Starliner flies to wrong orbit

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shpalman
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Re: Starliner flies to wrong orbit

Post by shpalman » Sun Feb 09, 2020 11:14 am

Matatouille wrote:
Sun Feb 09, 2020 8:07 am
Gfamily wrote:
Sat Feb 08, 2020 9:14 pm
The re-entry issue isn't unique to Starliner - there seems to have been a significant risk of the Apollo 11 re-entry from the service module.

https://www.forbes.com/sites/startswith ... 8040787cbd
I thought I knew quite a lot about the Apollo missions, but have to admit to not having come across that before! Fascinating.
Agreed.

From there I followed a link to the story of Sergei Korolev whose rockets brought humanity above the bonds of Earth's gravity, including his modified R-7 which launched Yuri Gagarin into space: the first human to break the gravitational bonds of Earth, building on the work of others such as Konstantin Tsiolkovsky who were at work on the problem long before humanity ever broke the gravitational bonds of Earth.

Now it's bad enough that the author got fixated on "gravitational bonds" but in a low earth orbit the gravity is almost as strong as at the surface (maybe only about 10% less); orbits only happen at all because you're "bonded" by gravity.

I'd have expected better from a "Ph.D. astrophysicist, author, and science communicator".
molto tricky

bmforre
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Re: Starliner flies to wrong orbit

Post by bmforre » Sat Mar 07, 2020 8:06 am

NASA no longer trust Boeing.
NASA shows it’s lost confidence in Boeing’s ability to police its own work on Starliner space capsule
The space agency will embed software experts alongside Boeing’s engineers to increase oversight

... more than two months after the test mission was cut short by what Boeing and NASA now acknowledge were potentially catastrophic software errors, the space agency is being far more blunt about the poor performance of one of its most trusted contractors and dictating the steps Boeing must take to fix the serious problems that have been uncovered.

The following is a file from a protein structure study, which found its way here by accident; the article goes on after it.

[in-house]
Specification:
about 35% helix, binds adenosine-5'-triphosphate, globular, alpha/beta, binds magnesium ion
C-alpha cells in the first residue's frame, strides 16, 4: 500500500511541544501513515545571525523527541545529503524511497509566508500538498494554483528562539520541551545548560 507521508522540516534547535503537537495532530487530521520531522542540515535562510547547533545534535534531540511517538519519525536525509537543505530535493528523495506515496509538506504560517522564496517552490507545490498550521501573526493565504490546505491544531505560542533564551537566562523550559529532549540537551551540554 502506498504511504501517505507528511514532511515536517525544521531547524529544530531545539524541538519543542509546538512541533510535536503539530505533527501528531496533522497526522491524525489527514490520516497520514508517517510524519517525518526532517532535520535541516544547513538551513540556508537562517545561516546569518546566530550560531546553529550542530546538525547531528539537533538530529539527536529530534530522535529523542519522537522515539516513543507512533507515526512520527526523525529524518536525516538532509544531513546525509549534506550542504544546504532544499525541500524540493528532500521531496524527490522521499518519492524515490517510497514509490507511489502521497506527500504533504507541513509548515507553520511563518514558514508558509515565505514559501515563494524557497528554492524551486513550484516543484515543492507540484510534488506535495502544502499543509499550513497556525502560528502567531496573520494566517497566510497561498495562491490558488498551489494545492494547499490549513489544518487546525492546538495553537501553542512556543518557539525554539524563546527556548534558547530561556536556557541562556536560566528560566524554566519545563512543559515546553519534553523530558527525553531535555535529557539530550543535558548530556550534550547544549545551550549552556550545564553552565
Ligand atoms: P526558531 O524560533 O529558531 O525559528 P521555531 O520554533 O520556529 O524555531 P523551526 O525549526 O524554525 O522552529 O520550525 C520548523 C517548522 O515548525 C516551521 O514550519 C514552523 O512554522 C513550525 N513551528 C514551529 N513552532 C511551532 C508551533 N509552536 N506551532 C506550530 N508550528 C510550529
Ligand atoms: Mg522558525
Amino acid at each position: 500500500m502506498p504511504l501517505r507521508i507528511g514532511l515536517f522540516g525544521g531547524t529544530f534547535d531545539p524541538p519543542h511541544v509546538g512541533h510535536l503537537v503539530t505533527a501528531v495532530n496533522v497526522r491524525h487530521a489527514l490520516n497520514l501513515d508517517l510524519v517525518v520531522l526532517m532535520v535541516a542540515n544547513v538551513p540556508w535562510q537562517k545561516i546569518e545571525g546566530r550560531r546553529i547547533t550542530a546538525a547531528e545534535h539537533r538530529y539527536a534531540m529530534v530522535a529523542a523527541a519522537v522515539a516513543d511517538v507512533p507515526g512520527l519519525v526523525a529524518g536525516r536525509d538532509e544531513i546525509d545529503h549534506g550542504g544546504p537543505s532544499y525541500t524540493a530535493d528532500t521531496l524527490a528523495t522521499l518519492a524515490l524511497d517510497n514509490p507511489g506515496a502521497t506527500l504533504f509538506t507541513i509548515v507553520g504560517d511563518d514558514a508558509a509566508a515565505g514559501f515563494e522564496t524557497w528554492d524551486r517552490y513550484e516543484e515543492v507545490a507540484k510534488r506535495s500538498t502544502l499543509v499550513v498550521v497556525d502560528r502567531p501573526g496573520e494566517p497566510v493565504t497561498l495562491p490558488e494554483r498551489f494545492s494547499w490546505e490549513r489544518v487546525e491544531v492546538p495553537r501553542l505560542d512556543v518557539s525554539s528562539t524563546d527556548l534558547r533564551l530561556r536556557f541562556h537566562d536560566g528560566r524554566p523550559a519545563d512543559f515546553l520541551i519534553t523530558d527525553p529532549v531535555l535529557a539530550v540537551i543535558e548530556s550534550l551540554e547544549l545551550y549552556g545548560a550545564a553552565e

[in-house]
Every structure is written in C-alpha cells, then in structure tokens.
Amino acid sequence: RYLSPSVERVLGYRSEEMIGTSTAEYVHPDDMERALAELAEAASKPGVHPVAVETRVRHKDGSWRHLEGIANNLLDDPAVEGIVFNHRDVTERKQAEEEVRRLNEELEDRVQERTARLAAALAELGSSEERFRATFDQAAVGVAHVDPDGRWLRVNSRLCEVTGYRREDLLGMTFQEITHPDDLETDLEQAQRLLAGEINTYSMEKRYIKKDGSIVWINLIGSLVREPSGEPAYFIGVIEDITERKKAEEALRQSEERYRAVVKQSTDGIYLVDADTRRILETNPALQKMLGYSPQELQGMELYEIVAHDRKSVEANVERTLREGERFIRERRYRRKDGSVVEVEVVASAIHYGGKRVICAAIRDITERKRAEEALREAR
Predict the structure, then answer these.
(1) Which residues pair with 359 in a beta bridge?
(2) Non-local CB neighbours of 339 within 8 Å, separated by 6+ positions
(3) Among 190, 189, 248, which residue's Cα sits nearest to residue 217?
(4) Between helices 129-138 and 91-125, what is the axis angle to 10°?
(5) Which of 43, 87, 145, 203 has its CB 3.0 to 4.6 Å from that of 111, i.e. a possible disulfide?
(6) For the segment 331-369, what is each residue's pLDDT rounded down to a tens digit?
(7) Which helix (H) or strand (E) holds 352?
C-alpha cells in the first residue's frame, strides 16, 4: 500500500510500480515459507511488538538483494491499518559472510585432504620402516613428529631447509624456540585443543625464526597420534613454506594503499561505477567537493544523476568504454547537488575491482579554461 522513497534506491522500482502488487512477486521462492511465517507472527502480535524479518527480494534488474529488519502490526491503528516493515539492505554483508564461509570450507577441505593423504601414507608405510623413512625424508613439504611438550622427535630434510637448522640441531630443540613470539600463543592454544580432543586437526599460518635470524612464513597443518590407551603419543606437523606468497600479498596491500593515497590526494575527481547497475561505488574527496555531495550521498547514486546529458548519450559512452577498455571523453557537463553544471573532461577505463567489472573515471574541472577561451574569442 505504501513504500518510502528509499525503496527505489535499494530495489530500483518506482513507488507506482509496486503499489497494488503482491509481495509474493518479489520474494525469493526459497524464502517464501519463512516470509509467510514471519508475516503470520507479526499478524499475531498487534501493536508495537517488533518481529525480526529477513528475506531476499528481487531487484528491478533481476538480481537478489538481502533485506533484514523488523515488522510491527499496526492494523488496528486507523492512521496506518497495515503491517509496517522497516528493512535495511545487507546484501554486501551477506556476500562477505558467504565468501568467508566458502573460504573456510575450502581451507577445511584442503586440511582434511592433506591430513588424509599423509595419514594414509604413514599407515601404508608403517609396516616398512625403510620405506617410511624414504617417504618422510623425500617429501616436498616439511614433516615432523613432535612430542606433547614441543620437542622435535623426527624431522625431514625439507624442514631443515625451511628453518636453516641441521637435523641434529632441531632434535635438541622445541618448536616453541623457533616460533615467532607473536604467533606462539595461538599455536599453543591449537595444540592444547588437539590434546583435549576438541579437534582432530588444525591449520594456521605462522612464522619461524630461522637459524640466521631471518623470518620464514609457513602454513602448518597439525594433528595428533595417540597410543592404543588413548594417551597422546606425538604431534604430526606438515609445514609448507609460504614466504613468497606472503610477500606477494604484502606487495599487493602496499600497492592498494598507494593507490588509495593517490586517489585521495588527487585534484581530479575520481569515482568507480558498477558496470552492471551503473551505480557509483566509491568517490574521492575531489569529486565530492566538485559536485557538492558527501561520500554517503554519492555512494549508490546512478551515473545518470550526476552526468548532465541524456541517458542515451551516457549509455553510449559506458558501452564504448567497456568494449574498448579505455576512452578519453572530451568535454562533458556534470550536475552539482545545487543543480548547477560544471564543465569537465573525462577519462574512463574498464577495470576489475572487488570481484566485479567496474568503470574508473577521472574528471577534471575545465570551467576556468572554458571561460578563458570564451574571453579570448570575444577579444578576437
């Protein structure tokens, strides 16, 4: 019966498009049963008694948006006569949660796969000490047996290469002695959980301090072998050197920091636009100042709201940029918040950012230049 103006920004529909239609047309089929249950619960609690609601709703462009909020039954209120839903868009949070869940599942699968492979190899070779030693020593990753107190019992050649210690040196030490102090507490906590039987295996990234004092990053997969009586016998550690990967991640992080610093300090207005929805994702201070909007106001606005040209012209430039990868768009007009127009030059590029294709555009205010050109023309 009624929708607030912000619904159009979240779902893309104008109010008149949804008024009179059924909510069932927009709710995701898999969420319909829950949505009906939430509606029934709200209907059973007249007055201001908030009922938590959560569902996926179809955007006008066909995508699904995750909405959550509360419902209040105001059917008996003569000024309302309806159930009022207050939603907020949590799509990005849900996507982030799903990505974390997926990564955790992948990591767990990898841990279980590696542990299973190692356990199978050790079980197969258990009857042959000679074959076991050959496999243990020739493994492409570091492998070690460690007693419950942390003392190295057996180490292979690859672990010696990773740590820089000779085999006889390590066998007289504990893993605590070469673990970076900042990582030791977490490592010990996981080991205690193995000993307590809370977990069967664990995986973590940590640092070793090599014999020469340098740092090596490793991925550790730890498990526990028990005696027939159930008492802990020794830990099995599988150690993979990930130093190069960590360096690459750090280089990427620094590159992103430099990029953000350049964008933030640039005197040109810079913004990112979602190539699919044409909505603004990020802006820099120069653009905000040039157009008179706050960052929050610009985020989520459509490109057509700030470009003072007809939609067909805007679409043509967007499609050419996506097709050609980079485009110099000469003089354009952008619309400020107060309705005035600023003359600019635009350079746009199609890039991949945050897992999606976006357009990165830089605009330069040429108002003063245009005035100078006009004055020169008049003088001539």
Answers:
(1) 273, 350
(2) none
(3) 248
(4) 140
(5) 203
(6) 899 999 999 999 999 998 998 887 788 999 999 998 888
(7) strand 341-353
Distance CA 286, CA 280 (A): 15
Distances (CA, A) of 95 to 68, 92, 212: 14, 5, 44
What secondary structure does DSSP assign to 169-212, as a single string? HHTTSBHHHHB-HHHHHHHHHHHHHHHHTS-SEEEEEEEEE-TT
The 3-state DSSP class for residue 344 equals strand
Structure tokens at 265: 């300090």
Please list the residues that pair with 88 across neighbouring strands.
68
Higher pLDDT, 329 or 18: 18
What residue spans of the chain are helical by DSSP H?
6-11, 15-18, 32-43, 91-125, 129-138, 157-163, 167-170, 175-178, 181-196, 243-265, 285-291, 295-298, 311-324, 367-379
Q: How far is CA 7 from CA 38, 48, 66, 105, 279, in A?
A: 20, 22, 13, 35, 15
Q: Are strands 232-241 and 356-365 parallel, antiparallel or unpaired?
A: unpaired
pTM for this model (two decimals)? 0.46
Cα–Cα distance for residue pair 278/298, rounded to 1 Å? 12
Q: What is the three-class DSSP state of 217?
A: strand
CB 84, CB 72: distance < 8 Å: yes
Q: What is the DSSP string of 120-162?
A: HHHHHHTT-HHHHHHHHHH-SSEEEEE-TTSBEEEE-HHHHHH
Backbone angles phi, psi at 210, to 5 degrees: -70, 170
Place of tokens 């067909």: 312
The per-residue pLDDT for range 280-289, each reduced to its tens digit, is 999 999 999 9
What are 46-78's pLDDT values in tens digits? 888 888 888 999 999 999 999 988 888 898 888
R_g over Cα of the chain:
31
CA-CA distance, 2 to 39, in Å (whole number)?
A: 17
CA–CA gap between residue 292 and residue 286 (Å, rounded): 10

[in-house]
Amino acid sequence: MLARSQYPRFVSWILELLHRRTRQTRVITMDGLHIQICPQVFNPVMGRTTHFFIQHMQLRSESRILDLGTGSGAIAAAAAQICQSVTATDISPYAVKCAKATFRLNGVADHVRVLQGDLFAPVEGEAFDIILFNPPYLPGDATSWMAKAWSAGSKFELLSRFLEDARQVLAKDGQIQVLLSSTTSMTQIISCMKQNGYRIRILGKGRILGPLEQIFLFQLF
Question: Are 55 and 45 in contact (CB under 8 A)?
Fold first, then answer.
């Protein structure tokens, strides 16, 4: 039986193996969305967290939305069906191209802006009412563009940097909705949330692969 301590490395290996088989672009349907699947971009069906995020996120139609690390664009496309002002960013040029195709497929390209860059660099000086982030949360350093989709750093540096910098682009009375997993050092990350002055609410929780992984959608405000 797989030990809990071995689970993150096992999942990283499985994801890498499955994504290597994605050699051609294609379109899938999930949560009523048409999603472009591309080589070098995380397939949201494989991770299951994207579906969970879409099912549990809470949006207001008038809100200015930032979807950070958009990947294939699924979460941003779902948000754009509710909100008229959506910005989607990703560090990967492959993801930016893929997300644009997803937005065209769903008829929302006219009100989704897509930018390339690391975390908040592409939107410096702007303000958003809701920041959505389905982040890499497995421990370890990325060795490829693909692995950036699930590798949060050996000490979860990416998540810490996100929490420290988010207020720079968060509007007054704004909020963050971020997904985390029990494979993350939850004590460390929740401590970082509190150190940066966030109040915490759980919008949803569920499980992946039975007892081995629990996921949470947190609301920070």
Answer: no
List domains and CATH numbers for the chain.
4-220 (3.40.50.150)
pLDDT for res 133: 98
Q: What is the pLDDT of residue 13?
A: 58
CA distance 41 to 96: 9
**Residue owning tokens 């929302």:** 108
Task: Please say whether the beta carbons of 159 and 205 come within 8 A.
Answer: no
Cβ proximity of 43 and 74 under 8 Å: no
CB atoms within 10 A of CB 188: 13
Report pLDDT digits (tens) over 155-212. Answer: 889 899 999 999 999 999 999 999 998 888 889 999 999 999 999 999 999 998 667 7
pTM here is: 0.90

In a call with reporters Friday, NASA officials said an independent investigation of the marred test flight of Boeing’s Starliner spacecraft has produced 61 corrective actions and identified 49 gaps in Boeing’s testing procedures. A decision on whether Boeing will be allowed to proceed with flying astronauts or have to redo the test mission without humans on board may be months away, they said.
Bluntly stating:
“We could have lost a spacecraft twice during this mission,” said Doug Loverro, NASA’s associate administrator for human exploration and mission operations. “So clearly this was a close call.”

Meanwhile Space X today launched yet another resupply mission now in good orbit to arrive at ISS on Monday.

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Re: Starliner flies to wrong orbit

Post by bmforre » Sat Mar 07, 2020 10:22 am

Boeing fined by FAA for sloppiness
The Federal Aviation Administration (FAA) on Friday announced that it will fine Boeing $19.7 million for installing heads-up displays in the cockpits of 791 aircraft that were not certified as compatible with sensors on the aircraft.

The heads-up displays are optional equipment — tinted pieces of glass just above the pilot’s eye level that display key data such as airspeed and altitude.

They allow the pilot to read the data without looking down at the instrument panel. The data is fed to the display from standard sensors on the airplane’s exterior, such as the altimeter and the angle of attack sensor.

However, only specific sensors are tested and approved as compatible with the heads-up display.

Between June 2015 and March 2019, the FAA said Boeing installed the heads-up displays, made by Rockwell Collins, on 618 Boeing 737 NG aircraft and 173 Boeing 737 MAX aircraft with sensors that were not listed as compatible.

Boeing’s engineering staff and its authorized representatives who report to the FA failed to verify the compatibility of the sensors.

As a result, the FAA said, “Boeing failed to maintain its quality system” and “the aircraft were unworthy.”

Boeing has 30 days to pay the fine or negotiate a reduction.
This has nothing directly to do with Starliner but may be related to company cultural reasons for troubles with both this and that.

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